A number of bills have been proposed in the most recent legislative sessions, in both chambers, but they did not move forward very far and have all failed. Additionally the I-1600 from the Health Care for All group did not garner enough signatures to make it to the ballot for the general election this fall. That said, a similar bill to the ones proposed by Rep. Appleton and Sen. Frockt will likely be introduced again in January 2019 at the start of the next session.

Meanwhile, the legislature did appropriate $100,000 for a study by UW researchers to look into models of universal care and single-payer systems for their potential implementation in Washington State.

In working on some of the front lines in public health and in rural communities, I am invested in making sure that our needs in Southeast Washington are a part of these efforts. We cannot afford to let health care and health care coverage continue to be a partisan issue. Too many of us are caring for ailing parents, supporting adult children with developmental disabilities or mental illness, dealing with the effects of a runaway opioid crisis, or trying to make ends meet despite our own health conditions.

I support the implementation of a single-payer health care system for the State of Washington that is inclusive of all residents in the state, and that takes into specific account the different needs and issues for residents who live in rural, geographically isolated, medically underserved, or exurban communities. I respectfully submit that we can use a mix of cost savings from moving away from our expensive patchwork of insurance programs and health care systems to one system, shifted employer payments (from covering part of employee premiums, to paying the state program, and based on the size of its corporation), and innovation waivers from the federal government.

We should have health care access when we need it, to protect our health, our lives, our homes, and our communities. I am troubled when I hear that provider administration is so difficult that doctors give up and close their practices, or that patients are scheduled for extra visits just so providers can get paid. We can do better and we have to do better.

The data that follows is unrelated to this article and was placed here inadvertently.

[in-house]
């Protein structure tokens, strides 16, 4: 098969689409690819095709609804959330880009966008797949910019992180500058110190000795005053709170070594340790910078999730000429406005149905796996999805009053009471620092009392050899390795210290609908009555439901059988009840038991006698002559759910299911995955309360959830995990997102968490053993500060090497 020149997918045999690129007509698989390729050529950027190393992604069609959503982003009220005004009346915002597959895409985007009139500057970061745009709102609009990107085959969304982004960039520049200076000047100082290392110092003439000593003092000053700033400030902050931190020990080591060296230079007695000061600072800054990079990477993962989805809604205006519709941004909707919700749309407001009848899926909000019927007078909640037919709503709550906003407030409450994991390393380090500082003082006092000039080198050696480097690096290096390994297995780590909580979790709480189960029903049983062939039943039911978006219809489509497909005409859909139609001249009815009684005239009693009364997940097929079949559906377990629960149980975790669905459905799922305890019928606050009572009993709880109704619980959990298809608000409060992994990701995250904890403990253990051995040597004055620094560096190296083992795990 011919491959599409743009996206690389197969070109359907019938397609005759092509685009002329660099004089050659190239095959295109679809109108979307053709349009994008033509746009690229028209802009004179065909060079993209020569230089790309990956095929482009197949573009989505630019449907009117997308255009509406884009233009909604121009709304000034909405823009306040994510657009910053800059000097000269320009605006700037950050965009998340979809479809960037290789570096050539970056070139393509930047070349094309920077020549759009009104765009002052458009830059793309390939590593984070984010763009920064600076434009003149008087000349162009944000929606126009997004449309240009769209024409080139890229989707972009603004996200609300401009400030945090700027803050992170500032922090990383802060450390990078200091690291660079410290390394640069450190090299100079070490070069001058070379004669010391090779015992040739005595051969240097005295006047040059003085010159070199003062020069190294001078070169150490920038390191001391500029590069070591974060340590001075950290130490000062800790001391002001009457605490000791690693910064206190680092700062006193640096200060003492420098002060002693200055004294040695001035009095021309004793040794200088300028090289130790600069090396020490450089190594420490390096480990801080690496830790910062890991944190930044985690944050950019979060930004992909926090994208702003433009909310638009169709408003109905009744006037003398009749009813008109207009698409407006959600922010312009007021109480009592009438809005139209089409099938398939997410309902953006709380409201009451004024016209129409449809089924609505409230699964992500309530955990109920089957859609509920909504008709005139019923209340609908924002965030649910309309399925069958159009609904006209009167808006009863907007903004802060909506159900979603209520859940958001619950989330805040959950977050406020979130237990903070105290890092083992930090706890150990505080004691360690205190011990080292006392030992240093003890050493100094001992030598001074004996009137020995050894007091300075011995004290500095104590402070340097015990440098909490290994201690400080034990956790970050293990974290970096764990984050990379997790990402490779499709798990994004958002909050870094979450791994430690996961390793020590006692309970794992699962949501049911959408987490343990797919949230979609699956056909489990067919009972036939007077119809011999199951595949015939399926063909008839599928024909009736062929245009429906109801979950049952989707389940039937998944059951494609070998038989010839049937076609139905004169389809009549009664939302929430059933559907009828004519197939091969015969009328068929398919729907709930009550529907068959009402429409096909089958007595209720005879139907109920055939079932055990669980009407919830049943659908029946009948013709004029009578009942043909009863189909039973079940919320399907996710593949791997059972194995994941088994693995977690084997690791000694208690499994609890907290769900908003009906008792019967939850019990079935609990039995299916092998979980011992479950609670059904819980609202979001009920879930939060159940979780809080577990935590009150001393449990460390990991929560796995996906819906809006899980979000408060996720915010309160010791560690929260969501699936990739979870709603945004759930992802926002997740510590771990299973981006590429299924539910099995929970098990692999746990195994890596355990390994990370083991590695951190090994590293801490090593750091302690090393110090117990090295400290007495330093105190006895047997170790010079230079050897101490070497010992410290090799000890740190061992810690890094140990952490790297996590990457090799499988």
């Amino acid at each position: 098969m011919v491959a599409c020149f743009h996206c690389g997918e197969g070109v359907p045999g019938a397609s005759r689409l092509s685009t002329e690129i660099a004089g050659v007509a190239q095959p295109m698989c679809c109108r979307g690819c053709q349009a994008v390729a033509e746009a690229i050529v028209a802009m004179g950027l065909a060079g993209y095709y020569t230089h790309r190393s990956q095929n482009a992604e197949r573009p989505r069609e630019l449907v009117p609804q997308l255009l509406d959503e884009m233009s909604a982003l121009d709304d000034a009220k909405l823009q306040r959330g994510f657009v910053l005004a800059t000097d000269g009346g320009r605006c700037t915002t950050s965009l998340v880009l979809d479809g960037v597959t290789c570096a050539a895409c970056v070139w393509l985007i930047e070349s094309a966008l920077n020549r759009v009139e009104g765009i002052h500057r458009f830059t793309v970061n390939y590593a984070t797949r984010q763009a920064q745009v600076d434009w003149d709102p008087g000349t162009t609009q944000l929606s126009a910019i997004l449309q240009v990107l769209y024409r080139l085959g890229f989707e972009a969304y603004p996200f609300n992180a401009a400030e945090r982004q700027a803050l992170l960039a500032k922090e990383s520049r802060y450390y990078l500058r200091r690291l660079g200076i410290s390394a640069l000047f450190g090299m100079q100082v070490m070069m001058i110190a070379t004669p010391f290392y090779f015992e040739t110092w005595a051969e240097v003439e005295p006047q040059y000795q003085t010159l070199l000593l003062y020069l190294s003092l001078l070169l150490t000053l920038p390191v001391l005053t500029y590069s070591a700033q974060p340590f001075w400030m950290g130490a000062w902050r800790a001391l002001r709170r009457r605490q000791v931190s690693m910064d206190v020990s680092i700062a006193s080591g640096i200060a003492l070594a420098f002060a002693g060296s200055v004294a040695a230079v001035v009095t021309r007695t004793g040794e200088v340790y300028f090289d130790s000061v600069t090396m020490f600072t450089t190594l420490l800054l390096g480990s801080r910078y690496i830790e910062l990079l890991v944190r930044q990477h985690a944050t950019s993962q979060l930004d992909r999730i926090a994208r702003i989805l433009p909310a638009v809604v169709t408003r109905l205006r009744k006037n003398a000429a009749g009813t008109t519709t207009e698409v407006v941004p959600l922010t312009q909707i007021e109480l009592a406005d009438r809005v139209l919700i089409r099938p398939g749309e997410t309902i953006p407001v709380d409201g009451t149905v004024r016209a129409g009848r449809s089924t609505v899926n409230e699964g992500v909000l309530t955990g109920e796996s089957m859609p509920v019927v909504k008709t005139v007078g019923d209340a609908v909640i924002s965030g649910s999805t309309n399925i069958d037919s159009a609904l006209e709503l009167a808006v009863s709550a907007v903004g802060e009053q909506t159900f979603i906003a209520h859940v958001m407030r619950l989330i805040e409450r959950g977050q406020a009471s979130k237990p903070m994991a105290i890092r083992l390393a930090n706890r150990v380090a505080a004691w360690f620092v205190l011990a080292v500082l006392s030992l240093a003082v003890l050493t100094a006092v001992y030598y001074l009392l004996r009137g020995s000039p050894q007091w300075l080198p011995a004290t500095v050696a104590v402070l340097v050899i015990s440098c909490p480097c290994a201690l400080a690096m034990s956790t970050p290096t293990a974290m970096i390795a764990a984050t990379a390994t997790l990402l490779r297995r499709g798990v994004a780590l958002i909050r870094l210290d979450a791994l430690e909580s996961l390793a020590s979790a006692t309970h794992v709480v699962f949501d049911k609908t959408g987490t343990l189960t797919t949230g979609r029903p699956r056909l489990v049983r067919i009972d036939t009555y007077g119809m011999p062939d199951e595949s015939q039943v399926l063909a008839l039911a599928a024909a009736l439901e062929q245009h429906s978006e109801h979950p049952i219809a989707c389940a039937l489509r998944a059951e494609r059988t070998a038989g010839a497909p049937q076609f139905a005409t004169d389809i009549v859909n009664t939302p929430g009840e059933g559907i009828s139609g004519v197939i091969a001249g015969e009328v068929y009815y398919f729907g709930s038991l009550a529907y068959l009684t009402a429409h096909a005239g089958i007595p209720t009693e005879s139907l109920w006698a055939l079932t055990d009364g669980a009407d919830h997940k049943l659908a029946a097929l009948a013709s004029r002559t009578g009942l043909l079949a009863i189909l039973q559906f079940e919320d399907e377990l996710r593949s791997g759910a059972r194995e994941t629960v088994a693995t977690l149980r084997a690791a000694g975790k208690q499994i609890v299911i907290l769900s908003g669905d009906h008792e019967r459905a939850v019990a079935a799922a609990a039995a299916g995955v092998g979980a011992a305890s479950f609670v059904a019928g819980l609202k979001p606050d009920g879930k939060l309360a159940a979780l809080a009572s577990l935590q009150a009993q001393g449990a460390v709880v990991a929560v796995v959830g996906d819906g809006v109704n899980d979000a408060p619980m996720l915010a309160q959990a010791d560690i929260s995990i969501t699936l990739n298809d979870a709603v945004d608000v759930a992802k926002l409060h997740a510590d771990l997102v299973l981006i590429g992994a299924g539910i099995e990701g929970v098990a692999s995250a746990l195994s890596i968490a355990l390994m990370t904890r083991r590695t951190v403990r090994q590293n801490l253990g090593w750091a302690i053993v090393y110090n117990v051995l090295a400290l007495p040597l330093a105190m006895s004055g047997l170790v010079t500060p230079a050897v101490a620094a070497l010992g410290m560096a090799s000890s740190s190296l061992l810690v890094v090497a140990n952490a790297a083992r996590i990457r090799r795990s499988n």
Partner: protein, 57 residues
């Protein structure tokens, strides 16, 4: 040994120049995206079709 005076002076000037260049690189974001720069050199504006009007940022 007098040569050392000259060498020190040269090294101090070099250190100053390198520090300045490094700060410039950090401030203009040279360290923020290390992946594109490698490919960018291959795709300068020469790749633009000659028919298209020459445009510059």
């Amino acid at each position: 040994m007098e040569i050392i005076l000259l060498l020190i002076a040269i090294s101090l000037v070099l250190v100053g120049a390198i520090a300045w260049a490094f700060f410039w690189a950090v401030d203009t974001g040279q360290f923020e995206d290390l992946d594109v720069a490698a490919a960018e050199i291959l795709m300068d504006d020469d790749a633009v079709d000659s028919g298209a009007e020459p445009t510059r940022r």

Community College Tuition Support:

The statistics on young adults’ entry into the workforce show some barriers for their generation, most of them related to finances—costs related to commuting, rents, and tuition—put post-secondary education out of reach for many people, and then after four years of college they are burdened with decades’ worth of tuition-related debt that can turn into strikes against their credit if they are late on payments or worse, default on a student loan.

Meanwhile trades and apprenticeships often go without enough students and journey men and women. Somewhere between our longstanding attention only on a college or university education as the means to a successful future, the loss of American manufacturing, degraded support for unions, and lack of attrition in trades jobs as older workers keep working past traditional retirement age, we have underutilized these programs for the trades. But community colleges often offer excellent courses in these areas, and can serve as a way of providing access for young people into well paying, satisfying careers. And for students who want to go on to a four-year school, community college can serve as a way of making a bachelor’s degree much more affordable.

Several other states have begun “free college” programs that cover the cost of community college for students (e.g.: Tennessee, Maryland, and New Jersey), and these programs have varied in terms of eligibility, support caps, what types of education are included, and how many colleges are in the program. Also, funding a tuition remission program has varied among these states, depending in part on how large the program is (e.g., how many students will meet eligibility criteria), if the program uses traditional student financing avenues (like Pell grants, for example) before paying benefits, and how much tuition the program is trying to cover (community college tuition being lower than tuition at a private four-year college).

I know that Washington can find a workable, sustainable balance to help students recently graduated from high school, and invest in their future, which will in turn improve communities across the state. Earlier generations had government help in accessing college, including Social Security and G.I. Bill programs; this generation needs its own support system, leveraging what has been available with new solutions to help them achieve their full potential for our state and our region. I fully support designing a program to help young adults learn and grow, and contribute to our state.